Using modern astronomy, satellites and radio telescopes, we can observe the billions of stars and galaxies existing in the universe, and see clearly that Buddha made a very relevant observation of our place in the cosmos.
Buddha’s conception of time, in the context of the universe, seems to deeply be in harmony with modern science. Buddhism measures the scale of time of the universe in « kalpas », which are periods of time of immense size. He used the analogy of the silk cloth brushing the summit of the mountain once every hundred years. The time taken for a mountain to be reduced to powder approximately corresponds to the duration of a kalpa. Therefore Buddhist cosmology is in perfect harmony with the current scientific estimations of the age of the universe, which is about 13,7 billions of years.
Also very interestingly, Buddha has mentioned that the universe undergoes constant phases of contraction and expansion and that these cycles last immensely long periods of time, thus during many kalpas. It seems that he anticipated the vibratory theory of the universe more than 2500 years ago.
In one of his discourses, Buddha lifted a cup of water and told there do exist an uncountable number of living beings in water. Over a long period, nobody understood what he meant to say by that but today we can observe with a microscope that many micro-organisms do exist in each cup of water. Thus, there are perhaps many other things that Buddha asserted and which we are supposed to discover and understand.
William Shakespeare, in « Hamlet » :
« There do exist more things in heaven and on earth, Horatio, than those dreamed of in your philosophy. »
Buddhism and creation myths
In Buddhism, why don’t we find a belief in a supreme Deity who created the universe ? Buddhists tend to be quite realistic on this subject and they don’t believe in creation myths such as the universe arising from a cosmic egg or else created by an old man with a long white beard. If there is something that we believe in, it is that the universe has always existed.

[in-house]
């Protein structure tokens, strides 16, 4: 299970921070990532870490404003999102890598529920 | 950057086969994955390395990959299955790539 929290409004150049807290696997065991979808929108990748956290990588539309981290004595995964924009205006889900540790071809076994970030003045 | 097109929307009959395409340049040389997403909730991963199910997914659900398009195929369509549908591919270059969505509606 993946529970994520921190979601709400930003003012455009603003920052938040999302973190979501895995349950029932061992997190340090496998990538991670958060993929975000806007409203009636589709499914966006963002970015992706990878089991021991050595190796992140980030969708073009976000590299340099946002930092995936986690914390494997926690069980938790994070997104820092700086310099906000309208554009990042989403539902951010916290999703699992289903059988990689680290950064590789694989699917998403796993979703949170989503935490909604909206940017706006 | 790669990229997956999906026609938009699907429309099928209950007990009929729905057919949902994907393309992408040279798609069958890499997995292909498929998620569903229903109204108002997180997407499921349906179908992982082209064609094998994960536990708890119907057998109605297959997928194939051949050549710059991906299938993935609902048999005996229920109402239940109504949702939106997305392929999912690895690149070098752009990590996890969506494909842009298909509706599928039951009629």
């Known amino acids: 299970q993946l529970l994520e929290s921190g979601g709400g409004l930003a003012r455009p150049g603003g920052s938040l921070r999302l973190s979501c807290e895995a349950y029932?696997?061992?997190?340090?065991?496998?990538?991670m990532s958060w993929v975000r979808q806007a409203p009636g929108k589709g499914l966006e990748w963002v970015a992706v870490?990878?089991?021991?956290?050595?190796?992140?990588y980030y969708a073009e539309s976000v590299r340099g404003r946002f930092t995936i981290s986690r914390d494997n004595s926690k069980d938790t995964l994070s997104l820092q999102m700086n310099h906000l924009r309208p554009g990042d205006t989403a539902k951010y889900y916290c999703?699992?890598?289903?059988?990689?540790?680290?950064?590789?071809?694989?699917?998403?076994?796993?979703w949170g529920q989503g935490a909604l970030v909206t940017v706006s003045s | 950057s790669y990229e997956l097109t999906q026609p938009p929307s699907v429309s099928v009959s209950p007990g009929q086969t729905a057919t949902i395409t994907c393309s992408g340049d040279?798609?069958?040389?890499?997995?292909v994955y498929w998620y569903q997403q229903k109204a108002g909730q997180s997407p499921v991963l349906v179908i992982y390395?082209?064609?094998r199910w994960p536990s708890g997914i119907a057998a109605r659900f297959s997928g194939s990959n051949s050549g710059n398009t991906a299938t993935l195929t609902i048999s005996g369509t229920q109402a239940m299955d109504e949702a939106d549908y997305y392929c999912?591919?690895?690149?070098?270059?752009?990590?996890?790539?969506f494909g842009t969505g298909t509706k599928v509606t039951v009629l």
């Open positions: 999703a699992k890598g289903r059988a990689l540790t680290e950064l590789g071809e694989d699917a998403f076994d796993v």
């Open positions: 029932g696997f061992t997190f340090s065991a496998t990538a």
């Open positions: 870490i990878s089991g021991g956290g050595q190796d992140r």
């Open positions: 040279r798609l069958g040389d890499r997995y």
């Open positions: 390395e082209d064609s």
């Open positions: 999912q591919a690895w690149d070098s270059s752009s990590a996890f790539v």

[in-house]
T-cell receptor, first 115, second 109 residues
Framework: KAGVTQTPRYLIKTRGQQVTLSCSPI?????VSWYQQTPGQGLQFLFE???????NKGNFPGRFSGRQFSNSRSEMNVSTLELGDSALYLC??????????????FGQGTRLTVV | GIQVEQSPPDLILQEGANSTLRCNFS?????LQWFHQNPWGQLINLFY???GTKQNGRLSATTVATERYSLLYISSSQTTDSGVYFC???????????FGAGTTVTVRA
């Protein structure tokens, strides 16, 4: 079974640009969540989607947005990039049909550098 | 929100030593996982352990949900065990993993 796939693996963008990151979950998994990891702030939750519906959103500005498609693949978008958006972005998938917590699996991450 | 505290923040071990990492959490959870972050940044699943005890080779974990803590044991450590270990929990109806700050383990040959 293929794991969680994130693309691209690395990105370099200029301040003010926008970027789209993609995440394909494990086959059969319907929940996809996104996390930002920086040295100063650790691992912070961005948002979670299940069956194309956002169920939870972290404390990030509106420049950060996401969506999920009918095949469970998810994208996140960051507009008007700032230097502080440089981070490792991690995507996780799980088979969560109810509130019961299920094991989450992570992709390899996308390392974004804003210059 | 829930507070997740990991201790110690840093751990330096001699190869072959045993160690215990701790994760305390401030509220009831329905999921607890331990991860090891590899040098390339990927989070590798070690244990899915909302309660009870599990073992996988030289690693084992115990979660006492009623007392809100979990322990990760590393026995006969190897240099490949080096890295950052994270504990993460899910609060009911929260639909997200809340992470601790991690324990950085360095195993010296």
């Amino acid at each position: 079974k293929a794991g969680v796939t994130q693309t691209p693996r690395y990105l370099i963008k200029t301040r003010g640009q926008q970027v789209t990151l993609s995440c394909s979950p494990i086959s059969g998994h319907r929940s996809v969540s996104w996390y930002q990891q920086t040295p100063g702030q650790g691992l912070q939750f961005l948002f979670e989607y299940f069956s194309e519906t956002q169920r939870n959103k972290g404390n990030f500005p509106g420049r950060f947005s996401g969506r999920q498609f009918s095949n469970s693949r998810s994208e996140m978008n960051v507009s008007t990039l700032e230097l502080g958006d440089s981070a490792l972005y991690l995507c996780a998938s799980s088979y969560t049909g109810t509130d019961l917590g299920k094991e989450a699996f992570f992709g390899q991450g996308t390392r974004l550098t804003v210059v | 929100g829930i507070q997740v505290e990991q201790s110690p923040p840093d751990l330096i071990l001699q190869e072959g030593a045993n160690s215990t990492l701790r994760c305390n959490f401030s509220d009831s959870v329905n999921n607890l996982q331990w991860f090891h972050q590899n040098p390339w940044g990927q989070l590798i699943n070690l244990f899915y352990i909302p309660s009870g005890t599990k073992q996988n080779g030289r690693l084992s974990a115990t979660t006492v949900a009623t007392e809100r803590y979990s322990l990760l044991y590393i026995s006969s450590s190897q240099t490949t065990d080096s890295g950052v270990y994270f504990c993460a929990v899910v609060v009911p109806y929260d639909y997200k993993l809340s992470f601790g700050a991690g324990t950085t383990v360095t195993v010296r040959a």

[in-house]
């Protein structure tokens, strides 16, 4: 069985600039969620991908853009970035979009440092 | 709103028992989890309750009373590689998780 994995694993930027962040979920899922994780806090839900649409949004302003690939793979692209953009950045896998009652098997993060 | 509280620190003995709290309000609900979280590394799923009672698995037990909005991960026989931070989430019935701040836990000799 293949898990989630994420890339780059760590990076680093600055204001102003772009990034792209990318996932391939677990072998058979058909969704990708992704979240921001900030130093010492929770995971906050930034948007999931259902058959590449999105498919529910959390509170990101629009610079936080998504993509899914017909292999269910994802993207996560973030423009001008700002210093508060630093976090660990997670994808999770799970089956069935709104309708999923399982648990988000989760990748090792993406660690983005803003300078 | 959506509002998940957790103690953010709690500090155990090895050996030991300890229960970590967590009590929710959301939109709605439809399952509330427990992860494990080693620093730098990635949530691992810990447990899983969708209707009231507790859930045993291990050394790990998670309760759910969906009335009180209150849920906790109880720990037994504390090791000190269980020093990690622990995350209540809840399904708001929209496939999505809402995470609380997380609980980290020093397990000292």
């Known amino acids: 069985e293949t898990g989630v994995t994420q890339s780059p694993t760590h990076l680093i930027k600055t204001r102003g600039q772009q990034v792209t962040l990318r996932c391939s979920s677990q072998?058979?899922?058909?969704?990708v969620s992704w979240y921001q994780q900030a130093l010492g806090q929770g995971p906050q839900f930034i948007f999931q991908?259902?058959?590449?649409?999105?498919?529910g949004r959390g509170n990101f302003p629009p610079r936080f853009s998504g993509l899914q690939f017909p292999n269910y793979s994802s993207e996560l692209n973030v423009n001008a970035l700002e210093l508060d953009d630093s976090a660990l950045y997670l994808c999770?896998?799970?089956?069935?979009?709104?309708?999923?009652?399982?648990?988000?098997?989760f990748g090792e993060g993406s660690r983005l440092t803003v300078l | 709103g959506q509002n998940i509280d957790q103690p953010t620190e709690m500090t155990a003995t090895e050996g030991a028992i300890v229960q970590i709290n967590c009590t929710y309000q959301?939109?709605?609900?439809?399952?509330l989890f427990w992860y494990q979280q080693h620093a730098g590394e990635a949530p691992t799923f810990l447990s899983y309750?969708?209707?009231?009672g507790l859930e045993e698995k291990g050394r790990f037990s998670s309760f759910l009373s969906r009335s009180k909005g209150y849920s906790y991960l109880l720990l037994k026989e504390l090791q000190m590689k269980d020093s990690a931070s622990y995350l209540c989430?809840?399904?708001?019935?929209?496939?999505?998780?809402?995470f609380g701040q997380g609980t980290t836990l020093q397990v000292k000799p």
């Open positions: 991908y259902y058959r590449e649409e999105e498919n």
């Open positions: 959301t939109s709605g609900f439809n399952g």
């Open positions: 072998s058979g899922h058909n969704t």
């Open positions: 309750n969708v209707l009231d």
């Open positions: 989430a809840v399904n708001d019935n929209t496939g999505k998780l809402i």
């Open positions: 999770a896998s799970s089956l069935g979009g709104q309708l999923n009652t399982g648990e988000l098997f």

If it is said that an omnipotent being or « intelligent designer » has created the universe, then the obvious question arises to know who has created or “conceived” such a being ? And if such a being has always existed, then wouldn’t it be more credible to say that the universe has always existed too? In any case, Buddhists certainly do not believe in such an ominiscient and almighty being who, for some reason, authorizes his creations to be tortured in an eternal hell (which this being has also created). And if this omniscient being knew in priori that most of its creations were intended to burn in hell for ever, then why does he keep producing so much suffering ? It is also difficult for Buddhists to believe in such a supreme being who somehow can be loving and forgiving, whereas at the same time he can be vengeful, unfair, ruthless and sadistic.